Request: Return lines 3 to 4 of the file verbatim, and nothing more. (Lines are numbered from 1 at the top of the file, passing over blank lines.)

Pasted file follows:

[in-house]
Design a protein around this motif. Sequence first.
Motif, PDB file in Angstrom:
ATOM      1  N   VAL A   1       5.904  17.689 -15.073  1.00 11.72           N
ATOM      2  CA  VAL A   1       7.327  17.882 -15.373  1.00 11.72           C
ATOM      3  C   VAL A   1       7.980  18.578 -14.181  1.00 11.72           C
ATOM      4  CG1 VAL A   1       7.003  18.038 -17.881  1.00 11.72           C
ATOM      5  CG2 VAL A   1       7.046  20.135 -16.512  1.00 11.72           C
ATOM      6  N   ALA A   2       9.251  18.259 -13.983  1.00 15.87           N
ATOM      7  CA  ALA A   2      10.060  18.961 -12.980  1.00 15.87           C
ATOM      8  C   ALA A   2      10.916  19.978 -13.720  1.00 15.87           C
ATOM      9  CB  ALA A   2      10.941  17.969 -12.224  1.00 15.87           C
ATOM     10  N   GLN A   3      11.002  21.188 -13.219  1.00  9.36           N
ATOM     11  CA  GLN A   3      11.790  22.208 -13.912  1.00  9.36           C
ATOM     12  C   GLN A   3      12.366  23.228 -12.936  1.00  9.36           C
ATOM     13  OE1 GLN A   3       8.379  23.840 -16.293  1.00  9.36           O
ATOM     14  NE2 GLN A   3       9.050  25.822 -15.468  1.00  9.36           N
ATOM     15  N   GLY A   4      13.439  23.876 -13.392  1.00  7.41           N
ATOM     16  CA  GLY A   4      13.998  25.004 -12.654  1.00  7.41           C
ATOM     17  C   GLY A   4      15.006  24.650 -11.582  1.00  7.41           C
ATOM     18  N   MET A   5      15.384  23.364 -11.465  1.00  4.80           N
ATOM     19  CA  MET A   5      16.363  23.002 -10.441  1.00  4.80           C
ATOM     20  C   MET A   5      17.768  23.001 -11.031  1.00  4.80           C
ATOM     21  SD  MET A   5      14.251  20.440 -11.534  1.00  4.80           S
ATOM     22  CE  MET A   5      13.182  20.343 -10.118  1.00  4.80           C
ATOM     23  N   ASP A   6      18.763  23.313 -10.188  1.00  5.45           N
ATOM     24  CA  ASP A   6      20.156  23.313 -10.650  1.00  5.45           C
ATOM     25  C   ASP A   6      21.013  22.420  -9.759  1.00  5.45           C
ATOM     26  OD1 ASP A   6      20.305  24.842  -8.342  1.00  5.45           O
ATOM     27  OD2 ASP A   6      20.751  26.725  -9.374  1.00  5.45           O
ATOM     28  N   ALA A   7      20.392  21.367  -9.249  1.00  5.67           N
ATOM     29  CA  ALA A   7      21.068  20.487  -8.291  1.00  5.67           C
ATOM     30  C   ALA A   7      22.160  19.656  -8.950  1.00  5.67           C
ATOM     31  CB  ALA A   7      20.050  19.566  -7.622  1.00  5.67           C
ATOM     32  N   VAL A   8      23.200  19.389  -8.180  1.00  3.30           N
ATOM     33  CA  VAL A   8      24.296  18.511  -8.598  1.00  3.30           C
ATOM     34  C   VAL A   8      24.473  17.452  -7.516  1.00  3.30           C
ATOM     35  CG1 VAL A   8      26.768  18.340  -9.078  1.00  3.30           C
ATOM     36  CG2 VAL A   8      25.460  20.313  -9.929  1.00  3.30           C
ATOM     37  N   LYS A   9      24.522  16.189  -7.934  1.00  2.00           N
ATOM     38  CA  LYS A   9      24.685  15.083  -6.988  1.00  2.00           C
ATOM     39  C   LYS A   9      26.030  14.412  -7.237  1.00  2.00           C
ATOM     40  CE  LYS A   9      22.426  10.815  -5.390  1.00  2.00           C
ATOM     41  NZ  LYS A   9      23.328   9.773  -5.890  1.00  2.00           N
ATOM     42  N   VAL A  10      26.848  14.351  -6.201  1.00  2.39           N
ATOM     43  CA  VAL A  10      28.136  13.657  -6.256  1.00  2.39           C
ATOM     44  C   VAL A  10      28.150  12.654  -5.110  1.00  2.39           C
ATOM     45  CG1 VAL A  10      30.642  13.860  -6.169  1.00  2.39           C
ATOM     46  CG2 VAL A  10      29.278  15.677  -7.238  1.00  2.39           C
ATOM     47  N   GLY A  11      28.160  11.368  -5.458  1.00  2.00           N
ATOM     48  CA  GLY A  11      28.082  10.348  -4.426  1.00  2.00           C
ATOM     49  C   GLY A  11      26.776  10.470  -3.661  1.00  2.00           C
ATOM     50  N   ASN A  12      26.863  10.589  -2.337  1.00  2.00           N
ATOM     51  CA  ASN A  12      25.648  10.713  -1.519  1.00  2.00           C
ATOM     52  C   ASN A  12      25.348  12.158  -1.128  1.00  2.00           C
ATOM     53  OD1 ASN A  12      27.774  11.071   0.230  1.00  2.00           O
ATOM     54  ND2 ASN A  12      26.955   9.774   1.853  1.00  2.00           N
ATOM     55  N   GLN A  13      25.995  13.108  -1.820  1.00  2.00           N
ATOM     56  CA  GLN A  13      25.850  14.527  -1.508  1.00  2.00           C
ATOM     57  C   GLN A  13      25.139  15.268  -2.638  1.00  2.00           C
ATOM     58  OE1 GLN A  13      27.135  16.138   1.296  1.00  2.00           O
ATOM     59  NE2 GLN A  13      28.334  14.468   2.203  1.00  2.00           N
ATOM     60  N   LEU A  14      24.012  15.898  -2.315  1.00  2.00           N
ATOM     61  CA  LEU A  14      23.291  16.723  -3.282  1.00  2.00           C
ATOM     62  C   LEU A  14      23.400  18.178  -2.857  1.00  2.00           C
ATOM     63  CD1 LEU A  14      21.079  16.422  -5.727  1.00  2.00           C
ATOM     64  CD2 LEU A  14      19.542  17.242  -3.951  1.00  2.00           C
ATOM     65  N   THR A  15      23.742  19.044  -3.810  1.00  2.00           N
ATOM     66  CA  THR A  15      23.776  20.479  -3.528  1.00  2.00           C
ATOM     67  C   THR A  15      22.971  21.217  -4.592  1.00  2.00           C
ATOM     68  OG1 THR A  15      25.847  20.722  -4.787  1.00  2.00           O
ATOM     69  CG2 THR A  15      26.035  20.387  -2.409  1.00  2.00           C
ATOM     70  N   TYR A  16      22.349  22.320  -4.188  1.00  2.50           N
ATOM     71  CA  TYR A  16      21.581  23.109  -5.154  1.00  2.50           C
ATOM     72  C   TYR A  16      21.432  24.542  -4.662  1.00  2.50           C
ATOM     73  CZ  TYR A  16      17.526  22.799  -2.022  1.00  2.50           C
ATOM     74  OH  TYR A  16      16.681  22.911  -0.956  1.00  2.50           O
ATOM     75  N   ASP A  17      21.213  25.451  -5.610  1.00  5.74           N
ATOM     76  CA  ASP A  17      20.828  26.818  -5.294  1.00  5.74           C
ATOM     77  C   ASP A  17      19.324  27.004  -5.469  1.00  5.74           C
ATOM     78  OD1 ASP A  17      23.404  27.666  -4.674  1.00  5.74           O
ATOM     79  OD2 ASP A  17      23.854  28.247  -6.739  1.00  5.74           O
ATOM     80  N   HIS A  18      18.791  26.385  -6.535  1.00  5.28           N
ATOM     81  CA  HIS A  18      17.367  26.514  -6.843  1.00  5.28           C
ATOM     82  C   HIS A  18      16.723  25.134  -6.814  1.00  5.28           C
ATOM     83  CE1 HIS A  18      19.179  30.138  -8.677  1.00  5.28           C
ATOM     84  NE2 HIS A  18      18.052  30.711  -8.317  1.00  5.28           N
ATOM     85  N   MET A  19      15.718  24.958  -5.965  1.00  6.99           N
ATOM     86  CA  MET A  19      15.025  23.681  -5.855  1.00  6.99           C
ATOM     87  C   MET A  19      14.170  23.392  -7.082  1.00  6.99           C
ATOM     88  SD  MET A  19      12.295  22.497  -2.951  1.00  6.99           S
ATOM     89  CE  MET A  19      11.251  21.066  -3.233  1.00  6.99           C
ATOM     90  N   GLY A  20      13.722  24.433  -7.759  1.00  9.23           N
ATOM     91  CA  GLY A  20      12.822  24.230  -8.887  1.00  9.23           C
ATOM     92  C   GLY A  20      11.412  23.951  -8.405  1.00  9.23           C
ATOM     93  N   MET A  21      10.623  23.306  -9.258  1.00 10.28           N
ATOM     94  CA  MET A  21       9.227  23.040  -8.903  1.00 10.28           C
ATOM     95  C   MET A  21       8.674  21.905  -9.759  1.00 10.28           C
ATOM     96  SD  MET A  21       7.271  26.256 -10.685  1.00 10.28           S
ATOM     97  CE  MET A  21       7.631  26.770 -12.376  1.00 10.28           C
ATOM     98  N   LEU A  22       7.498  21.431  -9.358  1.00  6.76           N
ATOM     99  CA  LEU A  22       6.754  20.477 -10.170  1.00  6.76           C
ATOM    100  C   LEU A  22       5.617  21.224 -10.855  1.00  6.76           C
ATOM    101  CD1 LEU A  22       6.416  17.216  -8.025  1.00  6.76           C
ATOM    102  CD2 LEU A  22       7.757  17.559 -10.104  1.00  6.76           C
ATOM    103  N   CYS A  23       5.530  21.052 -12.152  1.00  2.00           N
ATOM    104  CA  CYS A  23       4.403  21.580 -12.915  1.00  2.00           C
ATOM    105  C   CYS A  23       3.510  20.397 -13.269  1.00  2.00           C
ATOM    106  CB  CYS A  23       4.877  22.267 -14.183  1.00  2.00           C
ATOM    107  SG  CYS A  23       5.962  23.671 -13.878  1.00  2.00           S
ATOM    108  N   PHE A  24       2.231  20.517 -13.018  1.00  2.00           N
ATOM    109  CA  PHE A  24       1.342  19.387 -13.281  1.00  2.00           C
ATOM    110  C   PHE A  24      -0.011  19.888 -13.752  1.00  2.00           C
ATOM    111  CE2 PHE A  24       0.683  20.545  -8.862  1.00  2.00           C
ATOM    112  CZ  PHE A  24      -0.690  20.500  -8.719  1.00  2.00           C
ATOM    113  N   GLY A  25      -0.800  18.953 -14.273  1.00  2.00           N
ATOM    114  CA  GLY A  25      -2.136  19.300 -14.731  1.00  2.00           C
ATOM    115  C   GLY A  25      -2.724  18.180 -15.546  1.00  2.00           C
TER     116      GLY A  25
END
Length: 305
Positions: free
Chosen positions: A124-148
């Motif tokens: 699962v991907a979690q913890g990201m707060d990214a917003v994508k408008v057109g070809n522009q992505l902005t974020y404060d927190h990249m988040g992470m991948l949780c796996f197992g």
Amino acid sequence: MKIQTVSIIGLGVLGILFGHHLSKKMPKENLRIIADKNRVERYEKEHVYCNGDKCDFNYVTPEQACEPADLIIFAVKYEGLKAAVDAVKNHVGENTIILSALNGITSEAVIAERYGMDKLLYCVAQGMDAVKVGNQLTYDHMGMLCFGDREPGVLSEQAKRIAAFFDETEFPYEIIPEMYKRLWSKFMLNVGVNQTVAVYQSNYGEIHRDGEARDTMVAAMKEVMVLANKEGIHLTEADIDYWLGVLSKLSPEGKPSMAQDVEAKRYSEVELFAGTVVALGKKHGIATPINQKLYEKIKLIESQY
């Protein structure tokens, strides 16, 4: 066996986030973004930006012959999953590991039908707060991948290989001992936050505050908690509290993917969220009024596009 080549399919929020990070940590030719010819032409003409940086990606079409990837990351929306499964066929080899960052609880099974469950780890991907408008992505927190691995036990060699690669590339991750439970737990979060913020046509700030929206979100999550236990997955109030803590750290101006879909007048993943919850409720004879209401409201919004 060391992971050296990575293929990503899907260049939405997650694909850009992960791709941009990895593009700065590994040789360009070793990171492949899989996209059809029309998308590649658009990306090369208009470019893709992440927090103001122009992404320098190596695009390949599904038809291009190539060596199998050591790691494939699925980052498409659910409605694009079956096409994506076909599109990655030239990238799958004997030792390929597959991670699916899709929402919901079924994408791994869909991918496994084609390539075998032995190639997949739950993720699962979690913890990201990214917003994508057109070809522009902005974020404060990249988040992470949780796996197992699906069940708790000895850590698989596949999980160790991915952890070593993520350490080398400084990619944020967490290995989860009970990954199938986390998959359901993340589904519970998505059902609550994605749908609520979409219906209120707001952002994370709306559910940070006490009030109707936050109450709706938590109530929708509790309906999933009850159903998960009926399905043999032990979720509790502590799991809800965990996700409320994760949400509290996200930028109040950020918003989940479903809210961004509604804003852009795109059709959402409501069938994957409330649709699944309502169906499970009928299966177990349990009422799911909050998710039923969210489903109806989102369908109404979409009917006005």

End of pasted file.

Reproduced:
Motif, PDB file in Angstrom:
ATOM      1  N   VAL A   1       5.904  17.689 -15.073  1.00 11.72           N